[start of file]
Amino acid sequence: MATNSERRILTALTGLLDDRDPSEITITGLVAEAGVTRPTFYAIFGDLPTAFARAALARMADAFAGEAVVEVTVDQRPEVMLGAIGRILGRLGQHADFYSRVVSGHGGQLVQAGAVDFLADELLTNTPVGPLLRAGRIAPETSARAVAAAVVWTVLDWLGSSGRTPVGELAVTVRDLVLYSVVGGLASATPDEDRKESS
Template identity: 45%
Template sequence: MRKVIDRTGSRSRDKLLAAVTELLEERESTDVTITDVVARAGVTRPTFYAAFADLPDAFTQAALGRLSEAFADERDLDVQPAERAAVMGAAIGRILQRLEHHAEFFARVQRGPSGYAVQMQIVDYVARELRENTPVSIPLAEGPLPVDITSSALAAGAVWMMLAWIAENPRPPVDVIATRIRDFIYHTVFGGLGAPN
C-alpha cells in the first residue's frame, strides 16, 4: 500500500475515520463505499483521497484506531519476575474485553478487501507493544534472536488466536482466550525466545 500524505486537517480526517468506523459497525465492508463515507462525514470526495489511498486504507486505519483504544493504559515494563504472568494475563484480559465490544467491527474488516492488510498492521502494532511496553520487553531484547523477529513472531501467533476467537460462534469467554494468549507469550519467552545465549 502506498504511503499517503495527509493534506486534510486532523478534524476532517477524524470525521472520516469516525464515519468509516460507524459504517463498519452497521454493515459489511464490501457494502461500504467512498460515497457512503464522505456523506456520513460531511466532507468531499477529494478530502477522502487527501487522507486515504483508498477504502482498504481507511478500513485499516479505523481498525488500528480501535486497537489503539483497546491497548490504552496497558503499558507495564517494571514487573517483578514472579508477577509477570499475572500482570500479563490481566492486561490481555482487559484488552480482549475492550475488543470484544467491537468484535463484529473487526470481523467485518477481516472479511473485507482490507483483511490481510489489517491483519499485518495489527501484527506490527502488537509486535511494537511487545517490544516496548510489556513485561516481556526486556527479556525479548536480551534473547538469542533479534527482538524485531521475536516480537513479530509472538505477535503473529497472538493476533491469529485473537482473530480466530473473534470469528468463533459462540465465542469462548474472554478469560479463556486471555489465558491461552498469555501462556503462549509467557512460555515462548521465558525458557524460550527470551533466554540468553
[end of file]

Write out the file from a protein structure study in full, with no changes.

Amino acid sequence: MATNSERRILTALTGLLDDRDPSEITITGLVAEAGVTRPTFYAIFGDLPTAFARAALARMADAFAGEAVVEVTVDQRPEVMLGAIGRILGRLGQHADFYSRVVSGHGGQLVQAGAVDFLADELLTNTPVGPLLRAGRIAPETSARAVAAAVVWTVLDWLGSSGRTPVGELAVTVRDLVLYSVVGGLASATPDEDRKESS
Template identity: 45%
Template sequence: MRKVIDRTGSRSRDKLLAAVTELLEERESTDVTITDVVARAGVTRPTFYAAFADLPDAFTQAALGRLSEAFADERDLDVQPAERAAVMGAAIGRILQRLEHHAEFFARVQRGPSGYAVQMQIVDYVARELRENTPVSIPLAEGPLPVDITSSALAAGAVWMMLAWIAENPRPPVDVIATRIRDFIYHTVFGGLGAPN
C-alpha cells in the first residue's frame, strides 16, 4: 500500500475515520463505499483521497484506531519476575474485553478487501507493544534472536488466536482466550525466545 500524505486537517480526517468506523459497525465492508463515507462525514470526495489511498486504507486505519483504544493504559515494563504472568494475563484480559465490544467491527474488516492488510498492521502494532511496553520487553531484547523477529513472531501467533476467537460462534469467554494468549507469550519467552545465549 502506498504511503499517503495527509493534506486534510486532523478534524476532517477524524470525521472520516469516525464515519468509516460507524459504517463498519452497521454493515459489511464490501457494502461500504467512498460515497457512503464522505456523506456520513460531511466532507468531499477529494478530502477522502487527501487522507486515504483508498477504502482498504481507511478500513485499516479505523481498525488500528480501535486497537489503539483497546491497548490504552496497558503499558507495564517494571514487573517483578514472579508477577509477570499475572500482570500479563490481566492486561490481555482487559484488552480482549475492550475488543470484544467491537468484535463484529473487526470481523467485518477481516472479511473485507482490507483483511490481510489489517491483519499485518495489527501484527506490527502488537509486535511494537511487545517490544516496548510489556513485561516481556526486556527479556525479548536480551534473547538469542533479534527482538524485531521475536516480537513479530509472538505477535503473529497472538493476533491469529485473537482473530480466530473473534470469528468463533459462540465465542469462548474472554478469560479463556486471555489465558491461552498469555501462556503462549509467557512460555515462548521465558525458557524460550527470551533466554540468553